Last week, Mexico’s Senate passed a rather ambitious climate change law. And it did so with a 78 to 0 vote – something not seen too often in our country! This makes our neighbors to the south only the second nation in the world (the United Kingdom is the other) and the first developing country, to pass such legislation.
The law includes several measures, including:
- Cutting greenhouse gas emissions by 30% from “business as usual” by 2020 and a 50% reduction by 2050
- Renewable sources accounting for 35% of its energy consumption
- Major emitters of various sectors required to track and report emissions
- Establishment of the National Institute of Ecology and Climate Change, a research and development institution
- Creation of a foundation to raise financial resources to implement programs
- Requirement that government agencies use renewable energy
Ironically, while lawmakers in the United States continue to cite negative economic effects as a reason not to enact a similar law, Mexico’s lawmakers used the same reasoning to pass the ground-breaking legislation. According to reports, projects to restore damage caused by climate change cost over $2.2 billion USD from July 2010 to July 2011. The increasing numbers of devastating floods as well as a terrible drought (the worst Mexico says it has ever seen) were cited as examples of the detrimental effects climate change has had on the nation and its economy. Some may find this reasoning surprising given that Mexico is the world’s sixth largest oil exporter (and is the eleventh highest greenhouse gas emitter in the world).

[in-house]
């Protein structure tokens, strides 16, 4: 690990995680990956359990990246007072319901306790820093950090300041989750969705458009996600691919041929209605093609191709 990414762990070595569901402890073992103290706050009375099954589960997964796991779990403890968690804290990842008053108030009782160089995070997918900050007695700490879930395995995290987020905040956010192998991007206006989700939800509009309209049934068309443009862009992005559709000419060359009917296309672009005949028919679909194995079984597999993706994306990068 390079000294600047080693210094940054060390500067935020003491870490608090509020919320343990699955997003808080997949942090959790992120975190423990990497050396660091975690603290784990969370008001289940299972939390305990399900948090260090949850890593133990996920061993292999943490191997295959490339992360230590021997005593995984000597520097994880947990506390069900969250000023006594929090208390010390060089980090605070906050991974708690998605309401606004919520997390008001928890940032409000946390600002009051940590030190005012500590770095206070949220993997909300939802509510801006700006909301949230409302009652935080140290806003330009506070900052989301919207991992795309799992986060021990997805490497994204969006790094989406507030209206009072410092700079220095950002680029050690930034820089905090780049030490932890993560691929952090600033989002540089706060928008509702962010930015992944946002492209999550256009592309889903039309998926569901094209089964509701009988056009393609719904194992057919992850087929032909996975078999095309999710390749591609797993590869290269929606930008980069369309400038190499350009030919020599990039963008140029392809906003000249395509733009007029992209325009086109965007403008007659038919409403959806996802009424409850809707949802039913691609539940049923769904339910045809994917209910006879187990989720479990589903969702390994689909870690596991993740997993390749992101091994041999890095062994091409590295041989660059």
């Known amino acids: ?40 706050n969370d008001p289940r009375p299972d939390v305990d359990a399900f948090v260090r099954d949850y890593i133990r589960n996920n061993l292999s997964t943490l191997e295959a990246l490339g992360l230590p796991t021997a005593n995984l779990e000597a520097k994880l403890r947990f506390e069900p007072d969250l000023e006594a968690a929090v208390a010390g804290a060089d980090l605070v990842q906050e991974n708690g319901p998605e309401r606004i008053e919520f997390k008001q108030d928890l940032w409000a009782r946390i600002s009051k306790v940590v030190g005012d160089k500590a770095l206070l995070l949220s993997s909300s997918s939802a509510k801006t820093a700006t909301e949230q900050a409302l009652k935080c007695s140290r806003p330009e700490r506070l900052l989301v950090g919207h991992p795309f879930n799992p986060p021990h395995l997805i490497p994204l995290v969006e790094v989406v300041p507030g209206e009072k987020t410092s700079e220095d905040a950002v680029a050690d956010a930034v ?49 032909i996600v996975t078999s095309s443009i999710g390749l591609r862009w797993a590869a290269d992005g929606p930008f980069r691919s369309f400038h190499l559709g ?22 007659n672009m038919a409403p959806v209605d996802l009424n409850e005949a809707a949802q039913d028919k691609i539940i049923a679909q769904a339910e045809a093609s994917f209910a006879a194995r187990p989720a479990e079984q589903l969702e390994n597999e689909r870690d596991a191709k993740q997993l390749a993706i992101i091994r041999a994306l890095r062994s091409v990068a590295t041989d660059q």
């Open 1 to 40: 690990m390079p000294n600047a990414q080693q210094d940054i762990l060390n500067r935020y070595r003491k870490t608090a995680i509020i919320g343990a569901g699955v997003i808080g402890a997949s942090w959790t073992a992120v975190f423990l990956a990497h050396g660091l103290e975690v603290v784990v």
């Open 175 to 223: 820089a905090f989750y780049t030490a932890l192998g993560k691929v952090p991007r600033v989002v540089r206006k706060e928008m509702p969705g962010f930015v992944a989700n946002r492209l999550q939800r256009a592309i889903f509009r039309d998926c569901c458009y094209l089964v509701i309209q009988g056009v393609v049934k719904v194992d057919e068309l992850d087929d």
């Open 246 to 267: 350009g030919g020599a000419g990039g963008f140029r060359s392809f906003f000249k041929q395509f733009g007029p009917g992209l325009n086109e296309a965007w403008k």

The top-level Climate Change Commission will oversee the law’s implementation and enforcement. Many say that the key will be to see if the law will be properly enforced. In this last year of his 6-year term, President Felipe Calderon, who would like his lasting legacy to include environmental achievements, is expected to sign the bill into law this week. It will be interesting to see if this shifts the political climate (see what I did there??) in the United States at all towards a similar federal law. Don’t hold your carbon dioxide (aka breath) …